The issue of “allegedly Crimean accession” was discussed numerous times in the United Nations Security and General Assembly sessions. The resolution (A/RES/68/262) was passed in the General Assembly strictly advising member nations not to recognise any alternations. Amid heated arguments UNSC seemed to be controlled on the discussion as it only passed the resolution condemning the shooting of MH17 (S/RES/2166 (2014))18 in several press meetings as the resolution pertaining the situation in Crimea was vetoed by the Russian Federation.
Unclaimed and Undenied– The Struggle for Donetsk and Luhansk
The situation in the regions of Donetsk and Luhansk began intensive in 2014, when protestors which were claimed by the media was pro western, occupied numerous buildings in Donetsk, Luhansk and Kharkiv (although the situation was not as violent as the other two). Protestors largely inspired by the Crimean accession demanded independence from Ukraine and requested Russia’s succession. In May the separatists proclaimed themselves as the ‘Donetsk People’s Republic’ and ‘Luhansk People’s Republic’. These newly formed governments held referendum and declared independence. They also requested Russia’s support. No acknowledgment was sent by the Russian authorities nor it was discussed in the Russian parliament. Sergei Lavrov, the Russian Foreign Minister, did, however, admit to provide assistance to the separatists.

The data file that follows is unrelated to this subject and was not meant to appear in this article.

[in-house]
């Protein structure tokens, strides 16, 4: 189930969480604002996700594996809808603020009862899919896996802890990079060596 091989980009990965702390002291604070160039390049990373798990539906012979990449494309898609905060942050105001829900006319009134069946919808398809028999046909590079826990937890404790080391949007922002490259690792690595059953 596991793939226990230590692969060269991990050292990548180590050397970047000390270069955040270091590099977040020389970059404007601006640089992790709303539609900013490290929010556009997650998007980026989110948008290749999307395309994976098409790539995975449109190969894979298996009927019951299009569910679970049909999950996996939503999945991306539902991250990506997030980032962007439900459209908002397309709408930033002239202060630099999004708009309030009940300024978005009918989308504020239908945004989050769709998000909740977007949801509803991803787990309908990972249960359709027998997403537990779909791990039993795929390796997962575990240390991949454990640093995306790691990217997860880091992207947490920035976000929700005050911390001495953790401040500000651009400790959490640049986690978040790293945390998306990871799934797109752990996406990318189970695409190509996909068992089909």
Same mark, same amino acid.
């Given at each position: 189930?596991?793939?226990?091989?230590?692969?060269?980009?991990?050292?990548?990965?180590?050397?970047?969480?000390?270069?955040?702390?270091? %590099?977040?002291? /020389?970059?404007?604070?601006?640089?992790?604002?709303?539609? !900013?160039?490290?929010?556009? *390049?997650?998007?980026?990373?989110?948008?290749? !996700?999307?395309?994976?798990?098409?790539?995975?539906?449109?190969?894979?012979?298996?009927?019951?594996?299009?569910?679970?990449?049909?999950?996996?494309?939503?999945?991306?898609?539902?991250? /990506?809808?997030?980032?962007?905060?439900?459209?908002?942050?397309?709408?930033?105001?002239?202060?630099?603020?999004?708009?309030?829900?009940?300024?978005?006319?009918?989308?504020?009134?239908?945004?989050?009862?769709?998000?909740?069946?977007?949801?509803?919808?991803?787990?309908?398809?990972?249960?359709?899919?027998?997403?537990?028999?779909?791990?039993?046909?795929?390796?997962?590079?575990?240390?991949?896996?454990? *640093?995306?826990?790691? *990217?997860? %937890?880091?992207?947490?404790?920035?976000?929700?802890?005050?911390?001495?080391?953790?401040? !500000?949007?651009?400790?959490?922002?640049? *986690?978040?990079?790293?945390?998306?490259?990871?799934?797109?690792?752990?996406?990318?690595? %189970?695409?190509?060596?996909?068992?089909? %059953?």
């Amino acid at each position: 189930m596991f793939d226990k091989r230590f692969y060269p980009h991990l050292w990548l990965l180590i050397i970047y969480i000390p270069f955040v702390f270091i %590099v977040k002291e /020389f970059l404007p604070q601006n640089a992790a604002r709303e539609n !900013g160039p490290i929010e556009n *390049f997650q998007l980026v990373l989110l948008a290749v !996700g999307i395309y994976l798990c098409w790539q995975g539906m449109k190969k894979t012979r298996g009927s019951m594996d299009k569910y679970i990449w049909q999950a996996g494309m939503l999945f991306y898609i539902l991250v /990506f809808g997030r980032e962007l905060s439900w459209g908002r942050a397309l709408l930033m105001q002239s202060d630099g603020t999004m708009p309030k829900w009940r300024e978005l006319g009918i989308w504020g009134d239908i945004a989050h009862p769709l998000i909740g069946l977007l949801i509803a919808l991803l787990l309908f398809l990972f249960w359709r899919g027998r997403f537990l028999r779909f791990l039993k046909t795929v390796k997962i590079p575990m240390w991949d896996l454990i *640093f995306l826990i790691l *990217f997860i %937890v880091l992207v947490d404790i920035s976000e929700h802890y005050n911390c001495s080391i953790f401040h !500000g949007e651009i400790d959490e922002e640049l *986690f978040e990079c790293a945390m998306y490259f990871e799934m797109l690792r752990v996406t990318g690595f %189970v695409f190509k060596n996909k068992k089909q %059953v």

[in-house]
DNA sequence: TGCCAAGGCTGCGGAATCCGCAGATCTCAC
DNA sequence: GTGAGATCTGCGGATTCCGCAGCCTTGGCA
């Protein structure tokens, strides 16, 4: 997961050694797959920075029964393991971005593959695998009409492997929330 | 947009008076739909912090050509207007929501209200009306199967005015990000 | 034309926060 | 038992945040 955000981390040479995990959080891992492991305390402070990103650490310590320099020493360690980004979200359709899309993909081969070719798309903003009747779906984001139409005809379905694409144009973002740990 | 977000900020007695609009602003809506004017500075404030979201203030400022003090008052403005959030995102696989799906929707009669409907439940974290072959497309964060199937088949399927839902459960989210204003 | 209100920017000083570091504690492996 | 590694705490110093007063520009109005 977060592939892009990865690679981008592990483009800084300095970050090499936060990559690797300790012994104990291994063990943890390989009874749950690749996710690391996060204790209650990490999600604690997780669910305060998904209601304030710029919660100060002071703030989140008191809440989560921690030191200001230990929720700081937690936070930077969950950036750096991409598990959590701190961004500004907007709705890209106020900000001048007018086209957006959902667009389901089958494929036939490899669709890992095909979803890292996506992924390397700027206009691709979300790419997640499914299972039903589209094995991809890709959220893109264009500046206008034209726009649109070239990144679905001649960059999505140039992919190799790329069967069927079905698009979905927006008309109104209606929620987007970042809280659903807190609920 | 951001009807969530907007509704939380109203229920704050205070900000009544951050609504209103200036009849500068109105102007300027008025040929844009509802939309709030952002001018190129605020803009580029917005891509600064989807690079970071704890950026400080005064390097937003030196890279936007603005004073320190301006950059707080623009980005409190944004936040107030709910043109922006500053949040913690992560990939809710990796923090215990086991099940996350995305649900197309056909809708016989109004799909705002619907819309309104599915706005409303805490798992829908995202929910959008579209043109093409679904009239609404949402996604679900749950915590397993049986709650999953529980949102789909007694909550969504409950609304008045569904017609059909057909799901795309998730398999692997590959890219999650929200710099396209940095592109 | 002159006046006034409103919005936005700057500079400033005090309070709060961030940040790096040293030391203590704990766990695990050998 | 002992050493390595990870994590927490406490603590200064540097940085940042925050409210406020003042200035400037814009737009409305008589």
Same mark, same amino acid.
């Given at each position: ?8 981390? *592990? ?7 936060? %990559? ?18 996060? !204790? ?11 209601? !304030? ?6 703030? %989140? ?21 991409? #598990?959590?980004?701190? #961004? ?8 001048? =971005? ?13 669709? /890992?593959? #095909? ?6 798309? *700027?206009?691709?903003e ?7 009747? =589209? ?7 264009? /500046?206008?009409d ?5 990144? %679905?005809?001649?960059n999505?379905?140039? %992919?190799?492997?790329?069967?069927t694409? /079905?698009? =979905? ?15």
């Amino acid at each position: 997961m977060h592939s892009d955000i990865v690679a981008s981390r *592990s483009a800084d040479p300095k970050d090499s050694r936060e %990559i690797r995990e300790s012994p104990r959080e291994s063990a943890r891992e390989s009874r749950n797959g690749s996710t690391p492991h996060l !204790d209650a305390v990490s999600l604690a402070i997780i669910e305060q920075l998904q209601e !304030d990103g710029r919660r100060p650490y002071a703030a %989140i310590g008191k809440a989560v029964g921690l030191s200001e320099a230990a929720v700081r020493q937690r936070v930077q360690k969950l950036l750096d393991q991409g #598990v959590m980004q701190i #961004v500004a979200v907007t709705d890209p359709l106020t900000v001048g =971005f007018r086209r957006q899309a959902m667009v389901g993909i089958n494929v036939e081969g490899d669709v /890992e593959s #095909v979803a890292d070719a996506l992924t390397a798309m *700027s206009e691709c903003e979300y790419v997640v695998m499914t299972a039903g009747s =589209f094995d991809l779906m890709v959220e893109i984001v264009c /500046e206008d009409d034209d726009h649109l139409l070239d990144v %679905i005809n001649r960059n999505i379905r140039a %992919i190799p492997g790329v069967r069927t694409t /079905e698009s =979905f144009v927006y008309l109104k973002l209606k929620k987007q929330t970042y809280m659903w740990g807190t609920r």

It is also important to look at the fact that all the players in this game of dominance are equipped with nuclear arsenal…
In May 2014, the newly elected Ukrainian president, Pedro Poroshenko, established military operations in these regions, including the seizure of the airport in Donetsk, leading to heavy casualties on both sides. Throughout May and June, separatist groups expanded their territories, and occupied two strategic military bases in the Luhansk region and shot down several Ukrainian military planes.